10 things you need to know about credit cards
Most of us will have a credit card at some point in our lives, whether it is to help pay for a one-off major expense, or to cover general living costs, so it's important to understand exactly how they work.
Here, we take a look at 10 things everyone should know about credit cards...
1. The advertised rate is not necessarily the rate you will be offered
Credit card companies are obliged to show a representative annual percentage rate (APR) when advertising their cards. This rate has to be offered to at least 51% of customers who apply for the card, which means the remaining 49% may be offered a different rate altogether.
2. A credit card can cut the cost of existing debts
If you have store card debts or are being charged a steep rate of interest on an existing card, you may want to consider switching these balances to credit card which offers a lengthy 0% introductory period on balance transfers. But remember to factor in any balance transfer fees as these can have a big impact.
3. The best deals go to those with impeccable credit history
Tempting as lengthy 0% introductory offers on balance transfers and purchase may be, the chances are you will only be eligible if you have never missed any debt payments in the past.
Card providers reserve their best deals for those with excellent credit scores, so if you aren't sure if yours is up to scratch it's probably worth getting a credit report from one of the credit reference agencies such as Experian or Equifax before you apply.
4. Making too many credit card applications can damage your credit rating
Every credit card application you make adds another 'footprint' to your credit file. If you make several applications, this could adversely affect your credit score and your credit rating, so only apply for a card if you are confident you will be accepted.
5. You can still apply for a credit card without a perfect credit history
Many people assume they will be refused credit altogether if they have defaulted on payments in the past. However, you can get credit cards which are specifically designed to help you rebuild your credit rating. Often referred to as credit builder or bad credit credit cards, these enable you prove to lenders that you can manage your debts responsibly, so boosting your credit score and making it more likely that you will be accepted for other forms of credit later on.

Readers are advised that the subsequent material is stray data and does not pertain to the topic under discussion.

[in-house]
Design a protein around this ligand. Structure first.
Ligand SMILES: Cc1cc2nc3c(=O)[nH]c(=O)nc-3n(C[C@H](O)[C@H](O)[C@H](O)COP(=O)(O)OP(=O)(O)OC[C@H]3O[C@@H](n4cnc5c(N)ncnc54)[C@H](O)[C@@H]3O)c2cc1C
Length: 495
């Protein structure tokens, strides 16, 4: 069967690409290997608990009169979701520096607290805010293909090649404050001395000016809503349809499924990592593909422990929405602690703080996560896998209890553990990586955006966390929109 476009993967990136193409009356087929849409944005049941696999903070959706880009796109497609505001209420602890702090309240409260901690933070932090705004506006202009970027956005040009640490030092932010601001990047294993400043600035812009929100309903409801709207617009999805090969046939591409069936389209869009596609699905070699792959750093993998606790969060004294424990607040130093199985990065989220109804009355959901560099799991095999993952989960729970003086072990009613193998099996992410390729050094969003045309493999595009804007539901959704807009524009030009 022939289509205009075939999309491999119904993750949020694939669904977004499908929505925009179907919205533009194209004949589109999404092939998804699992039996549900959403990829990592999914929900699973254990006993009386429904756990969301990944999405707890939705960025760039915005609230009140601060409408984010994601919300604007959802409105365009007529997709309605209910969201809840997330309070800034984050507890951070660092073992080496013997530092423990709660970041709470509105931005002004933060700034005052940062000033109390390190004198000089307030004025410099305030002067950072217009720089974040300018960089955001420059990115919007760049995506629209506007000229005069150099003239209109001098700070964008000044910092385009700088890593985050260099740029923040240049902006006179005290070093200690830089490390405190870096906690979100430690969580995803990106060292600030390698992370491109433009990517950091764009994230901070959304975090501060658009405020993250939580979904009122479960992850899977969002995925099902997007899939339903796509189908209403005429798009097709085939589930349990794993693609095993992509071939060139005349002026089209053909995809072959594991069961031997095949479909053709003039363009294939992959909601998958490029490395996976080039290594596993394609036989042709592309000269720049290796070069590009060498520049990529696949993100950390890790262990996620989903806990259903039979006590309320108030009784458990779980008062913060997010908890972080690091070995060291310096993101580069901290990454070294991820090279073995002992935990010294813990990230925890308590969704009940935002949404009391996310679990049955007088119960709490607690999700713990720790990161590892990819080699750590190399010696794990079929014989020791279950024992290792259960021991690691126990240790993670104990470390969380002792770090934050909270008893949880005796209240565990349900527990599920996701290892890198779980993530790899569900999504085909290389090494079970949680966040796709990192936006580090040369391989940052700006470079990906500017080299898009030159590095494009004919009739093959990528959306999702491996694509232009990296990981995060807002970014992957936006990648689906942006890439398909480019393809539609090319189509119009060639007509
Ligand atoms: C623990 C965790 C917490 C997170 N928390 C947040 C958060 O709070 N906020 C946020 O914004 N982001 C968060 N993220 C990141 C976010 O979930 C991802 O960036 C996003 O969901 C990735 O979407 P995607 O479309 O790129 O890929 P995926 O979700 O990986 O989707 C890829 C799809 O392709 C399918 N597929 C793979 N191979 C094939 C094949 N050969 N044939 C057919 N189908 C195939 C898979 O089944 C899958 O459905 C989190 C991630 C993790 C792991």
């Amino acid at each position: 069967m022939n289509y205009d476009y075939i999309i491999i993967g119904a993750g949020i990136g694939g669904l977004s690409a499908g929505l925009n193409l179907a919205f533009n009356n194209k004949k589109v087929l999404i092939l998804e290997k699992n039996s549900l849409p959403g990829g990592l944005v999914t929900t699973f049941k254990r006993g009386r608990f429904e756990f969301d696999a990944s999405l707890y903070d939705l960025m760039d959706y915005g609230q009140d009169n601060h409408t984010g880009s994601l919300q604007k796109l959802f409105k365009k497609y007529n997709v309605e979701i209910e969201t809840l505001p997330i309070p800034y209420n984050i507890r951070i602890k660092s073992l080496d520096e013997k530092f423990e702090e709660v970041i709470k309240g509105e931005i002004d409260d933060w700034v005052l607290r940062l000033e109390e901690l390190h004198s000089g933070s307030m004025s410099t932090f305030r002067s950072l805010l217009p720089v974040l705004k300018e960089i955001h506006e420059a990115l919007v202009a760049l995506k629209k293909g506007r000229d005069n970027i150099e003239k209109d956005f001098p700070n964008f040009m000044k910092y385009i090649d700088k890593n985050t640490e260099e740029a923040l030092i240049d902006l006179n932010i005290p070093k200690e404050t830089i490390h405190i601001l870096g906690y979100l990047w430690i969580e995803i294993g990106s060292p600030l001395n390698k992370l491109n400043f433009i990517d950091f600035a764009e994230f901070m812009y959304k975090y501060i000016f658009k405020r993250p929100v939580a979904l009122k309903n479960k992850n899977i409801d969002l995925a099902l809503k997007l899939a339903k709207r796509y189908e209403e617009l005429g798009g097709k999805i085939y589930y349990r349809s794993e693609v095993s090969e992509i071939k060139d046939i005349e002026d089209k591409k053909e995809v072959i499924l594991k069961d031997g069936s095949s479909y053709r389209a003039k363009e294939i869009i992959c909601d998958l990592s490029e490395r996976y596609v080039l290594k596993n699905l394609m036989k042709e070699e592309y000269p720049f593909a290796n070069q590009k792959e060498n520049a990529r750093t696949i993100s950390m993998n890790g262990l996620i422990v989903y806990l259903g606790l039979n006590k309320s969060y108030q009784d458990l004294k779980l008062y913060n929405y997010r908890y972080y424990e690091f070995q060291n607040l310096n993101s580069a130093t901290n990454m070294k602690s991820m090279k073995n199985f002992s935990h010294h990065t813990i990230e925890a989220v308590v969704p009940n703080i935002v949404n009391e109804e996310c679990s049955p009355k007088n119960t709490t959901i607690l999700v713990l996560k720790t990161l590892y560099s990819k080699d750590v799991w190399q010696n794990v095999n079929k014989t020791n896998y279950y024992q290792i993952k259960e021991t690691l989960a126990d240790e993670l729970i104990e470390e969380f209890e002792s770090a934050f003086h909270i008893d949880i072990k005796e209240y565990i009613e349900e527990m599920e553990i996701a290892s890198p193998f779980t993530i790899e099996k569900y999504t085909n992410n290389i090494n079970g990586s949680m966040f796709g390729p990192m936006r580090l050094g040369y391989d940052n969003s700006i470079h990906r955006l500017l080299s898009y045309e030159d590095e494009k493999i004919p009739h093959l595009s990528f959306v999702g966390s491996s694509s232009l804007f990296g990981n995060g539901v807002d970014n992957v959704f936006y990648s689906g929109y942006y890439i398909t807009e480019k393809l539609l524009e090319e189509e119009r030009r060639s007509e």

6. You must make a payment every month
With credit card debts, you can't just pay a bit off now and then when it suits you. You must pay something off the balance every month. If you do miss a payment, you'll be charged a penalty fee of £12. It could also harm your credit score, making it harder to borrow in the future.
7. You should try to pay off more than the minimum payment every month
If you only make the minimum repayment on your credit card each month, it will take you many years and cost you hundreds or potentially thousands of pounds in additional interest.
For example, someone with a balance of £1,500 on a card with an average APR of 17.31%, making only the minimum repayment of 2.5% each month, could take 19 years and three months to clear their debt.
To add insult to injury, they would also end up forking out an extra £1,590 in interest payments in the process.
8. Some cards reward you for your spending
If you pay off your credit card balance in full every month, then you can take advantage of one of the many cards that offer cashback or rewards when you spend. Rewards are usually in the form of Avios miles or shop loyalty scheme points, which can then get you money off your shopping.
9. You shouldn't use your credit card to withdraw cash
Avoid using your credit card to make cash withdrawals, as you will start paying interest on the amount you've taken out immediately. Interest charged on cash withdrawals is usually much higher than the rate charged on normal spending, typically around 25%-30% and you'll generally have to pay a cash withdrawal charge of between 2% and 3% as well.
What's more, interest will be charged from the day the withdrawal is made so even if you pay your balance off in full each month you can't avoid it.
10. You get extra protection if you pay with a credit card
If you buy anything costing from £100 up £60,260 and pay with a credit card, you have more protection than if you pay with cash, debit cards or cheques. The reason is that under Section 75 of the Consumer Credit Act, when you use a credit card, the card issuer is jointly liable if something goes wrong. That means if the retailer goes bust or your goods are faulty you can claim a refund through the card provider.
The content on this page is supplied by MoneySupermarket.com
Disclaimer: Any content in our family money section is intended as general information only. For specific advice about your personal financial situation, get advice from qualified, independent, regulated professionals.
Last updated: about 1 year ago